Director: Pablo Larraín Rated: R Runtime: 1h 57m Studio: Neon Screenwriter: Steven Knight Cast: Kristen Stewart, Jack Farthing, Sally Hawkins, Timothy Spall, Sean Harris
Some (fictional) films are inspired by, based on, or adapted from other works or events. No matter the mild disclaimer, the audience understands that it’s still a work of fiction. Spencer doesn’t do that. It opens with “a fable from a true tragedy.” Like children’s stories that start with the words ‘once upon a time.’ We know they are made up unless you are a small child who hasn’t learned better yet. Steven Knight and Pablo Larraín set the tone for their film that the viewer will be as gullible as a small child.
I’m not a royalist. I’m also no fan of Kristen Stewart. Yet I respect the humanitarian that Diana was, and her hands-on approach to parenting, as it was. So, I begrudgingly finally sat down to watch Spencer.
Spencer is one of the most mind-numbingly dull waste of brain cells; time sucks, I have watched in years. If I had paid to see this in theaters, I would have gotten my money back. Instead, I kept skipping ahead (on Hulu) to see if anything more interesting would happen. It didn’t. A turtle could outrun the pace of this film; it drags with no redeeming waypoints along its runtime. I can’t fathom how chaotic it was to read the script for this film and why anyone would agree to such poor transitions from scene to scene.
In any one scene, Diana is depressed, frustrated, physically ill, and contemptuous. None of the grace of character attributed to her usual demeanor is on display in this slice of life holiday getaway. No one has their shit together one-hundred percent of the time, let alone behind closed doors. And yet, this depiction of her mindset after she and Charles (Farthing)decide to end their marriage is understandable only to a point. The rest of the cast, where the Royal family is concerned, was an ugly prop. A cold as ice implication that they hated Diana. There is nothing profound about any of them as actors. I think they may have been cast because they fit two criteria. First, they bear some resemblance to a royal family member. Second, they look like they could kill someone with a disdainful icy glare.
The takeaway from Spencer is that Diana is ungrateful and is losing her shit. At the same time, everyone else micromanages her and watches the trainwreck in progress. Why? The royal family is an unyielding, un-empathetic lot trained in the archaic art of not feeling, speaking, or thinking. To do so is treason. Farthing’s Charles says there needs to be two of everyone, the real one and the one for photos. Yet, what is abundantly clear is that there isn’t one heart between the two versions of Charles or the Queen, and they’ve killed Diana’s along with her most of her soul. The only true glimmer of honesty in this movie is Diana’s warmth for her boys.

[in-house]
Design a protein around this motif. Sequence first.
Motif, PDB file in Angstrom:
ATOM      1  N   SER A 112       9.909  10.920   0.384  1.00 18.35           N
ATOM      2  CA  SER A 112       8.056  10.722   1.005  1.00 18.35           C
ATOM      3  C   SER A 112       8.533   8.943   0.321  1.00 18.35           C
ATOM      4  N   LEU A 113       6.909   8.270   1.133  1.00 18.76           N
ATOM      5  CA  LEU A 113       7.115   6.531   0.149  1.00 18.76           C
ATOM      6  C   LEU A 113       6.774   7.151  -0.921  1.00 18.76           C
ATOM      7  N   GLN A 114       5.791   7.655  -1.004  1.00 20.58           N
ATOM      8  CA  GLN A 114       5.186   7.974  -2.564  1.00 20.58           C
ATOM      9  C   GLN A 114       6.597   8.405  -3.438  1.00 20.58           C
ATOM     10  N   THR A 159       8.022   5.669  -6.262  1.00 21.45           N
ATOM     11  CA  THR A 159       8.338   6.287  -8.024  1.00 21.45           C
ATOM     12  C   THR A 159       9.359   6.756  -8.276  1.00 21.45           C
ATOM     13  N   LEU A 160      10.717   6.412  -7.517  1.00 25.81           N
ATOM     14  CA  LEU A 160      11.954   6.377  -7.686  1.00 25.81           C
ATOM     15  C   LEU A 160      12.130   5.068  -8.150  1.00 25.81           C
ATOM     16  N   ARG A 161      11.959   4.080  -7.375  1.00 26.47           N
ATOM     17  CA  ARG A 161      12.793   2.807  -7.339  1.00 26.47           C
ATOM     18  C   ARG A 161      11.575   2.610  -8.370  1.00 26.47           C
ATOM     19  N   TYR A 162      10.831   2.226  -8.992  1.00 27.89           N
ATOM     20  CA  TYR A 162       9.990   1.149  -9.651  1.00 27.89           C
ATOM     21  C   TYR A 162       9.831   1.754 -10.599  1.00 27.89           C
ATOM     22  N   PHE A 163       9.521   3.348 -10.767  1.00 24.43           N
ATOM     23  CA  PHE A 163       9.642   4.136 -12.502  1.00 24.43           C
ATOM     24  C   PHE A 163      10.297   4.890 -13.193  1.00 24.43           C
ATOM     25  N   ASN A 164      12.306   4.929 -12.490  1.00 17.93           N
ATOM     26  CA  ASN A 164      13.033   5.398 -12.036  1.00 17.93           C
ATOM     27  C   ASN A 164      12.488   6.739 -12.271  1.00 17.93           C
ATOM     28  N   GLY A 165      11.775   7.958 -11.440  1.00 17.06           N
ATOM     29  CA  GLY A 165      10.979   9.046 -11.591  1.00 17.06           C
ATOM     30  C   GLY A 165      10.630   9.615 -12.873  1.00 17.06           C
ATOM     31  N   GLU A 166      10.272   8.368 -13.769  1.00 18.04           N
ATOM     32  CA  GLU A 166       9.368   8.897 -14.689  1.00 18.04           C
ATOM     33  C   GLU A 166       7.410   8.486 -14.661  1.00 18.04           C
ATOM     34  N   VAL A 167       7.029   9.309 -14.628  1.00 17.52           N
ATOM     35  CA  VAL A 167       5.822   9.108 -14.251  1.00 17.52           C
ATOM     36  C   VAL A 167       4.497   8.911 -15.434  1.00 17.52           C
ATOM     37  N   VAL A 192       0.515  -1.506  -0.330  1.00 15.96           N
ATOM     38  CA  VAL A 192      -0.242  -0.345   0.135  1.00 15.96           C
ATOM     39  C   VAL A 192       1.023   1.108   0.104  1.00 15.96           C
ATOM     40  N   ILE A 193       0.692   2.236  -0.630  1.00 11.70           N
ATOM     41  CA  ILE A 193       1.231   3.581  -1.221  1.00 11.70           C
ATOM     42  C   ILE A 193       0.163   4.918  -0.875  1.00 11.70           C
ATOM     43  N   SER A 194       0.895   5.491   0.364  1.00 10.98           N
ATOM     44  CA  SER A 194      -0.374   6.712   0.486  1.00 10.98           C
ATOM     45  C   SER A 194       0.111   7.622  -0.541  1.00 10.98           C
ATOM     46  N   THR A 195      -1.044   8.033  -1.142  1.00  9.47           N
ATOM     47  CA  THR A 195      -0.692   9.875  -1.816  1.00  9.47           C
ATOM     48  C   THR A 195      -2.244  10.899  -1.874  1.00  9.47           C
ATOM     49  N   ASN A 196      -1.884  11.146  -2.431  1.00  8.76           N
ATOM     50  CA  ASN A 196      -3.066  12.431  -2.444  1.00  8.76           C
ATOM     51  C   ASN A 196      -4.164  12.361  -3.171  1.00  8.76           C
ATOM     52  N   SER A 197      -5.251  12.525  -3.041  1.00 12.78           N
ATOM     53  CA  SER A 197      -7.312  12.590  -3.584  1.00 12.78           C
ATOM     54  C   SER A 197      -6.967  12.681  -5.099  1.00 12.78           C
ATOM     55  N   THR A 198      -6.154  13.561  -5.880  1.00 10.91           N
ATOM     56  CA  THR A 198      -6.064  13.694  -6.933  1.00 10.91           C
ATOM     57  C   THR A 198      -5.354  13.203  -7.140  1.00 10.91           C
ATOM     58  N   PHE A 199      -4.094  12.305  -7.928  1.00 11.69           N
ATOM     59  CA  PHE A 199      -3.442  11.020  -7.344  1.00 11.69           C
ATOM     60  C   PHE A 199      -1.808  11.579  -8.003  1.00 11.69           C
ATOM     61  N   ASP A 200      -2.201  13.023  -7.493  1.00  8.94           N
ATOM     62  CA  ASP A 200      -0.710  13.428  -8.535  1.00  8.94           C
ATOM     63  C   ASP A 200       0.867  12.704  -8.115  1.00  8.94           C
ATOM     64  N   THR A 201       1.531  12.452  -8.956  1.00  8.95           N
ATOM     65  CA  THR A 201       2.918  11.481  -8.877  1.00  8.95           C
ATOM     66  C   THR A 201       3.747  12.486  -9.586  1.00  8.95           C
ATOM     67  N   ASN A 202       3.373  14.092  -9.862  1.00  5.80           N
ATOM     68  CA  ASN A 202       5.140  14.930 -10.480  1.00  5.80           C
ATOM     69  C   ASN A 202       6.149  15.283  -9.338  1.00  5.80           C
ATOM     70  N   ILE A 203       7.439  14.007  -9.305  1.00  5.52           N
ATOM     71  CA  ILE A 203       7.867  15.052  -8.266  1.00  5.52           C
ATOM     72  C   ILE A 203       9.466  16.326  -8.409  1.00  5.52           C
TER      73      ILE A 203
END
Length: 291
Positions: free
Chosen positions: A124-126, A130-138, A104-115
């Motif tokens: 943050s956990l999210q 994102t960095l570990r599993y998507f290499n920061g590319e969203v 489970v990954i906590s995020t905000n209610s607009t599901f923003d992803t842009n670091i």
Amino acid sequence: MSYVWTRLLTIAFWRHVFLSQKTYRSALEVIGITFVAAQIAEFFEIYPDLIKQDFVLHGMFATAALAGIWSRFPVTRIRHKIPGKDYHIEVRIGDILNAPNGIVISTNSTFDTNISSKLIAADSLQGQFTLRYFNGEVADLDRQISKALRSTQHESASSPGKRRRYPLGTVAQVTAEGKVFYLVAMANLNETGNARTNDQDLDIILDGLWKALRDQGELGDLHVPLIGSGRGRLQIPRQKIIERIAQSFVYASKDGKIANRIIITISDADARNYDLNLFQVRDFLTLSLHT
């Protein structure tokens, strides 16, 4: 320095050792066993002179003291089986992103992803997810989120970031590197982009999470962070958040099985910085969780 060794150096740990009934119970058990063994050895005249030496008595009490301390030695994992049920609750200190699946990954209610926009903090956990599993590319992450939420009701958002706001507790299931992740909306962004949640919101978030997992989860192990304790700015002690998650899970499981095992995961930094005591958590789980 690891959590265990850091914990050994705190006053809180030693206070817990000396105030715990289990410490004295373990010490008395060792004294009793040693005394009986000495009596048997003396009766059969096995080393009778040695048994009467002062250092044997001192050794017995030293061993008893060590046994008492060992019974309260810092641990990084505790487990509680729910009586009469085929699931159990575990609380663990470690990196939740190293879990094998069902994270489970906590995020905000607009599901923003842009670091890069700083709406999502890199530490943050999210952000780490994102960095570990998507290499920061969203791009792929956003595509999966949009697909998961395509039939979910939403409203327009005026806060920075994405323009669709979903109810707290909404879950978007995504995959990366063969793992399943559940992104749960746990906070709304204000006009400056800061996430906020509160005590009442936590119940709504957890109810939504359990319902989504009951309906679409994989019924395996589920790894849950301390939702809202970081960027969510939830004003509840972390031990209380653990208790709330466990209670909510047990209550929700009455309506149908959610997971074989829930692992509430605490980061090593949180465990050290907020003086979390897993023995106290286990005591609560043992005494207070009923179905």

It’s not a secret the English monarchy is detached from reality, but apparently, so is the director and screenwriter of Spencer for thinking this was a story worth telling. It’s one thing to take liberties with known facts about a famous/infamous person and frame what unfolds as a “what if” scenario. Spencer, however, plays out as a dull character assassination. This telling doesn’t tell the audience some facts it doesn’t already know about Diana or the royal family. So why make it? Billed as a biopic, there is nothing epic about this film. By definition, a biopic is about the life of a person, not a day in the life of one. The distinction is essential.
Spencer is a tedious watch with disjointed scene shifts overlayed by questionable musical accompaniment, performed by a cast as engaging as watching paint dry on cardboard. Again, I’m no royalist, but good or bad, Spencer is an $18 million piss on Diana and the royal family. Nothing so unoriginal, poorly constructed, and boring should ever make your watchlist.
-A Pen Lady